" Strict Father models do make sense here" and the supporting quote-Now that's intriguing!  You talk about intellectual planes.  It seems to me what concerns some of the "culture of life people" and perhaps though not necessarily Bush himself is not a conscious elevation to a high intellectual plane.  What motivates them, at least in part, is a desire for some kind of moral elevation.  It seems to me that if one claims to have the ability to decide when life begins and when someone should die, one is claining to have a  divine-like status (within a religious framework).  If one claims to have that or a similar moral authority, then all other (intellectual) arguments become at best secondary.  This does not mean that all people who operate with the moralistic (quasi-divine) model are incapable of operating on a higher intellectual level (though many might not).  It means that it isn't necessary (desirable?) to operate on that level consistently.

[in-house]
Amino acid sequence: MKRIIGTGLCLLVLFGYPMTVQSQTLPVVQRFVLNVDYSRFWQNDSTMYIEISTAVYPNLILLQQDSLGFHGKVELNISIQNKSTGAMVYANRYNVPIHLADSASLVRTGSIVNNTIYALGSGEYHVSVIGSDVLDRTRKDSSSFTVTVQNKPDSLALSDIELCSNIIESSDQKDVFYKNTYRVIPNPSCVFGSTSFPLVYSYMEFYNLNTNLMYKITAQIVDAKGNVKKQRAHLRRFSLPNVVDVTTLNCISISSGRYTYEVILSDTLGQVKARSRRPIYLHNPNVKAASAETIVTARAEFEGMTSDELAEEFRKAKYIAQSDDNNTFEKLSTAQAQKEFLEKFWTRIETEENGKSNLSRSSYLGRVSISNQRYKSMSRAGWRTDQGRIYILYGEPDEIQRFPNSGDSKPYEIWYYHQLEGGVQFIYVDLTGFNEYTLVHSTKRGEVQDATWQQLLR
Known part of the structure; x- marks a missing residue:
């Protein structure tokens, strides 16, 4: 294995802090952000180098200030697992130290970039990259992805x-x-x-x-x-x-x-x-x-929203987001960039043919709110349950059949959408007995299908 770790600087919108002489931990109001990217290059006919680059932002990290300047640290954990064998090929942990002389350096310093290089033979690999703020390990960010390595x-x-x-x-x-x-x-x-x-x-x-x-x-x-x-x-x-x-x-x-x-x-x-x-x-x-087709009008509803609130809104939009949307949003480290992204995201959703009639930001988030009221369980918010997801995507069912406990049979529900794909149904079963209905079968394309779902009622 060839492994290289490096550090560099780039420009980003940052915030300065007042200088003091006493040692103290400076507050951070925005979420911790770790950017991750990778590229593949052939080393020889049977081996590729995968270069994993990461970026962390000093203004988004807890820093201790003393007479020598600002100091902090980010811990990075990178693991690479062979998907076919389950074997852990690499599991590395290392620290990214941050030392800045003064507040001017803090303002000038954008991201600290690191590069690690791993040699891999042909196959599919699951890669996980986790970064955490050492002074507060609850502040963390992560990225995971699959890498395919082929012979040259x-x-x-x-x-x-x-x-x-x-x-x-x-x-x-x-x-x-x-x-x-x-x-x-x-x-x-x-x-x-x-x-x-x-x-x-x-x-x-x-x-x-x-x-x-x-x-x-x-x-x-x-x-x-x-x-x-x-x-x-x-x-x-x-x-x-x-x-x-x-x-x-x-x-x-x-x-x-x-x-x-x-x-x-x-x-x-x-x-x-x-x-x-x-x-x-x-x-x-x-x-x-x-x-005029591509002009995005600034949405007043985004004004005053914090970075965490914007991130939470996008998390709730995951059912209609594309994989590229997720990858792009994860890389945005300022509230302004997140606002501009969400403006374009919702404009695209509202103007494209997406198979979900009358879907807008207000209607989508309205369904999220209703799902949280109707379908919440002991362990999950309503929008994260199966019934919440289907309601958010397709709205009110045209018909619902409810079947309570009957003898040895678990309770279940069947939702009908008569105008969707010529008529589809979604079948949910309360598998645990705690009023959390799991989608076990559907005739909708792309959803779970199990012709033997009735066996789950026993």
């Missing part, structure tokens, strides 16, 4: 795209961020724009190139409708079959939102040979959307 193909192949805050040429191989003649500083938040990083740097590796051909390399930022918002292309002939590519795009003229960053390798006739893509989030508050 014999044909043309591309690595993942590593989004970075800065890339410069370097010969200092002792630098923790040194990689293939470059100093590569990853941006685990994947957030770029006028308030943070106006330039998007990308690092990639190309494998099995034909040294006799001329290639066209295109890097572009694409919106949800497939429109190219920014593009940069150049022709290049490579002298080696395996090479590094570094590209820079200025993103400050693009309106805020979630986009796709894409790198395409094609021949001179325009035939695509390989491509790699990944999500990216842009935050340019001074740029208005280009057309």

by KDMfromPhila 2005-03-24 12:36PM | 0 recs
Divine Rights
This does not mean that all people who operate with the moralistic (quasi-divine) model are incapable of operating on a higher intellectual level (though many might not).  It means that it isn't necessary (desirable?) to operate on that level consistently.

Precisely!  One reason why kings tend to get dumber as dynasties proceed, and why democracies work better--provided people are smart enough to know a good thing when they've got it.

"One push of the button,
And we've shot the world wide.
And you never ask questions
When God's on your side"
   -- Bob Dylan, "With God on Our Side"

by Paul Rosenberg 2005-03-24 12:53PM | 0 recs
Re: We ARE Getting Confused, Here!
All good points.  This is a good discussion.